- In the same series, Deadpool delivers a Shut Up, Hannibal! to the Messiah, the bringer of peace to the world. Why? Because the peace the Messiah brings is Peace through lack of free will. Coincides with kicking Captain America in the nuts. All Canon.
- In the finale of the first arc of Spawn spin-off Sam & Twitch, Twitch has caught criminal responsible for all murders in that story. She gives him a Breaking Speech about how she will go free thanks to her connections and, at worst case, will have to keep low profile for few months. And how she will then come back and slowly, for years, destroy his life and kill everybody he loves. At first it looks it worked as Twitch puts his gun down, but he immediately points it at her again and starts telling her her laws. When she continues to lecturing him Twitch shoots her.
- In Birds of Prey, the villain Mortis has been mind-raping Black Canary with visions of all the people she has regrets about, only to have this happen:
"Your friends have dumped you again, haven't they? Haven't they?
" Black Canary:
No. No, lady, they haven't. You pulled the wrong trigger
. Don't you know that?" Mortis:
"How do you know?
How can you be certain
?" Black Canary:
"Because they're my friends. Because they love me
. Now get the holy hell out of my brain. I won't warn you again."
- Superman's only line in Lex Luthor: Man of Steel. After the more benevolent Perspective Flipped Villain Protagonist we've seen of Luthor throughout the series, it hammers home the fact that Lex's justifications for committing atrocities in the name of "exposing" Superman as a threat are really twisted, and that he really is the bad guy.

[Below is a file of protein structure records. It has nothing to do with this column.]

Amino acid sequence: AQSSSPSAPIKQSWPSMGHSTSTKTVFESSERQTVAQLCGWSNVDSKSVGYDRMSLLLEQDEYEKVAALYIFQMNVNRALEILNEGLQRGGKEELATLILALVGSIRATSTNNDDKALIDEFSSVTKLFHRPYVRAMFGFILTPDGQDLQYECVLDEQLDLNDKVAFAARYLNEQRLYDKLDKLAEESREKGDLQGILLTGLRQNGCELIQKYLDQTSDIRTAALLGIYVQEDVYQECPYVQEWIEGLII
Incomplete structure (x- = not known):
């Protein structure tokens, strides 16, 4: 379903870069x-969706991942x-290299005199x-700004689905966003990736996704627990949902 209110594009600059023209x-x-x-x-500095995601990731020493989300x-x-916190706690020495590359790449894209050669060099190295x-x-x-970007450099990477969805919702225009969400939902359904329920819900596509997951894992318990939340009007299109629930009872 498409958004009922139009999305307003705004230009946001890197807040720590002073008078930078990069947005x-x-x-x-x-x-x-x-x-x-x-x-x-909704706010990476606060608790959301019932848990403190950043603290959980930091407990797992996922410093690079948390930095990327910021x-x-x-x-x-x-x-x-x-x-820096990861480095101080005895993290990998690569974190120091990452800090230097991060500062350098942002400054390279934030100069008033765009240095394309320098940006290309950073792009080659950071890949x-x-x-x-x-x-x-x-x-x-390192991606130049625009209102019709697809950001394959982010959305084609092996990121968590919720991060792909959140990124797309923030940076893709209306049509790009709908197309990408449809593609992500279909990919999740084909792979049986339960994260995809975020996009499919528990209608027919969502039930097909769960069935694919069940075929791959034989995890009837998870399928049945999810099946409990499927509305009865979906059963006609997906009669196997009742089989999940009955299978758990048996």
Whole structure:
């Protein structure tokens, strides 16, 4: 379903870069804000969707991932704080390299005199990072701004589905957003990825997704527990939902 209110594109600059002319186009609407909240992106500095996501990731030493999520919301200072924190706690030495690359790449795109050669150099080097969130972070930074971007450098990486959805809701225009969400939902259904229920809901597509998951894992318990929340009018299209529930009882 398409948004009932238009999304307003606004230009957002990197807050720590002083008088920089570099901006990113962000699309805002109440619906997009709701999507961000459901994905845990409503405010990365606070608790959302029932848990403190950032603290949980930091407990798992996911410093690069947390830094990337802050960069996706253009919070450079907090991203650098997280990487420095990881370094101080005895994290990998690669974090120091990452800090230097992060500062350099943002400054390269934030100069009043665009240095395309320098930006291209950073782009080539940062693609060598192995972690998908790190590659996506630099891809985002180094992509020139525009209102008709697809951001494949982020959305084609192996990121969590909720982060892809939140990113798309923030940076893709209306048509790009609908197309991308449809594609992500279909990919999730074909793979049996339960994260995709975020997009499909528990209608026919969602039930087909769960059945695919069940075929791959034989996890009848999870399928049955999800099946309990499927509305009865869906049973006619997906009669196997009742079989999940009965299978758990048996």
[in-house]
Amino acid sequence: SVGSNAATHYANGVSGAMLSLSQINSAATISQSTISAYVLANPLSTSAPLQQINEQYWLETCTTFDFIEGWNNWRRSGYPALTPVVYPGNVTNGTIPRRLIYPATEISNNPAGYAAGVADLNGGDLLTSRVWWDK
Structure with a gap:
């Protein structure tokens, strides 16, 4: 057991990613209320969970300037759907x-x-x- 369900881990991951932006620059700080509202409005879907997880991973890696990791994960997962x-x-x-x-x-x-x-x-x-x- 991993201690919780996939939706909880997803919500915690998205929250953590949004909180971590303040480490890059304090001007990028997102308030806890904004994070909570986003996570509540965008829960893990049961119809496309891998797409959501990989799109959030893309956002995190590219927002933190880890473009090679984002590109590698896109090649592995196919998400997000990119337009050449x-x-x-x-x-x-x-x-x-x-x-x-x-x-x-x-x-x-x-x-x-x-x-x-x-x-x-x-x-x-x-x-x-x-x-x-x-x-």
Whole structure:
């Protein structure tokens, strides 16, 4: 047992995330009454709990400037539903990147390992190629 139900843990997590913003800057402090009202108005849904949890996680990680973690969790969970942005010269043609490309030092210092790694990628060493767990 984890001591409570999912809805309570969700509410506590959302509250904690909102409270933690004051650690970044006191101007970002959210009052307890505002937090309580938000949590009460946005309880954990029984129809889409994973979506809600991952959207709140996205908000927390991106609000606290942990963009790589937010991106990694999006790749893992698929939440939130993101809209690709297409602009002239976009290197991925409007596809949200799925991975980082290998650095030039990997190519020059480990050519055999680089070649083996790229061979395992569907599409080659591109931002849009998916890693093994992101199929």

Superman: You're wrong. I can see your soul.
- The Captain Britain & MI13 tie in with the Secret Invasion storyline of Marvel comics revealed that the global invasion force was just a cover for every Super-Skrull they had to invade Britain and steal all the Earth's magic straight from the source. After succeeding at killing Captain Britain and taking control over Earth's source of magic, the Super-Skrull Sorcerer Supreme stands over a woman who is, at the time, a civilian. A simple Muslim Doctor standing in the way. The Super-Skrull describes how Britain will be erased from existence, so that it had never been. When the Skrull empire takes us as slaves, then we would know true pride and glory. Cue the return with Excalibur.
I think you'll find, we already do. We just don't like to make a fuss.
- Hero-to-hero example - in 200th issue of X-Factor Guido gets into a fight with The Thing, who tries to provoke him by mocking his superhero carrier. Guido just tells Ben that he played in a better football team that his. It worked a little too well, because an enraged Ben proceeds to beat the tar out of him.
- My Little Pony: Friendship Is Magic (IDW): As the comet is empowering Twilight, she and her friends give Chrysalis a verbal beatdown as Twilight gives Chrysalis a magical beatdown.
- In Luann the characters take Tiffany's crap in stride for years until July of 2013, when Quill finally decided to tell her off.
- Daredevil pulls off a lovely one against Cole, a female protege of The Punisher. Also a Take That against the Darker and Edgier school of comic-book storytelling.
You know what gives me the strength? The loss.
We're alike that way, I imagine. Admit it: nobody's who a stranger to that particular pain could ever be as driven as us.